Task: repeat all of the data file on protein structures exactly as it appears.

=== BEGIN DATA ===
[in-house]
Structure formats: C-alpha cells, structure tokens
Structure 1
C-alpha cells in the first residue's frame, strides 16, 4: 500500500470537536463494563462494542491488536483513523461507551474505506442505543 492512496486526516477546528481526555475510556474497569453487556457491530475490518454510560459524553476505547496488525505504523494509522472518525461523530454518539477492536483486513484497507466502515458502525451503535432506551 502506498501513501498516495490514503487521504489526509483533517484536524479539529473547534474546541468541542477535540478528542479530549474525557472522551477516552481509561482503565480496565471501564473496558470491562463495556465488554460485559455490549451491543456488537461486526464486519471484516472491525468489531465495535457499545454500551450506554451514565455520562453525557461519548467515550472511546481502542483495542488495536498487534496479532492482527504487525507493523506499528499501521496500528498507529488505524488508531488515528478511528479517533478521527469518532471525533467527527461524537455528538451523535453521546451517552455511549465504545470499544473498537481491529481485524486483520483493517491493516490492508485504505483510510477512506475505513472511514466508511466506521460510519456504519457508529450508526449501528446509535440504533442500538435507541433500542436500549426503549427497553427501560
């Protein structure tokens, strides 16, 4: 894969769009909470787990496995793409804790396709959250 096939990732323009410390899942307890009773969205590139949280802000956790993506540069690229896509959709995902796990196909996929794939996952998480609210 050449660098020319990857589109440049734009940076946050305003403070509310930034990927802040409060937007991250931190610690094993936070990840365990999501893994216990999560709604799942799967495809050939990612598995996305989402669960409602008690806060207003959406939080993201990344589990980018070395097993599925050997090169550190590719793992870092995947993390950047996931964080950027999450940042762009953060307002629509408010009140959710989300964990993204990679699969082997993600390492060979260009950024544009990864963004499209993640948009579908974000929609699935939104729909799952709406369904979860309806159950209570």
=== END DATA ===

[in-house]
Structure formats: C-alpha cells, structure tokens
Structure 1
C-alpha cells in the first residue's frame, strides 16, 4: 500500500470537536463494563462494542491488536483513523461507551474505506442505543 492512496486526516477546528481526555475510556474497569453487556457491530475490518454510560459524553476505547496488525505504523494509522472518525461523530454518539477492536483486513484497507466502515458502525451503535432506551 502506498501513501498516495490514503487521504489526509483533517484536524479539529473547534474546541468541542477535540478528542479530549474525557472522551477516552481509561482503565480496565471501564473496558470491562463495556465488554460485559455490549451491543456488537461486526464486519471484516472491525468489531465495535457499545454500551450506554451514565455520562453525557461519548467515550472511546481502542483495542488495536498487534496479532492482527504487525507493523506499528499501521496500528498507529488505524488508531488515528478511528479517533478521527469518532471525533467527527461524537455528538451523535453521546451517552455511549465504545470499544473498537481491529481485524486483520483493517491493516490492508485504505483510510477512506475505513472511514466508511466506521460510519456504519457508529450508526449501528446509535440504533442500538435507541433500542436500549426503549427497553427501560
């Protein structure tokens, strides 16, 4: 894969769009909470787990496995793409804790396709959250 096939990732323009410390899942307890009773969205590139949280802000956790993506540069690229896509959709995902796990196909996929794939996952998480609210 050449660098020319990857589109440049734009940076946050305003403070509310930034990927802040409060937007991250931190610690094993936070990840365990999501893994216990999560709604799942799967495809050939990612598995996305989402669960409602008690806060207003959406939080993201990344589990980018070395097993599925050997090169550190590719793992870092995947993390950047996931964080950027999450940042762009953060307002629509408010009140959710989300964990993204990679699969082997993600390492060979260009950024544009990864963004499209993640948009579908974000929609699935939104729909799952709406369904979860309806159950209570």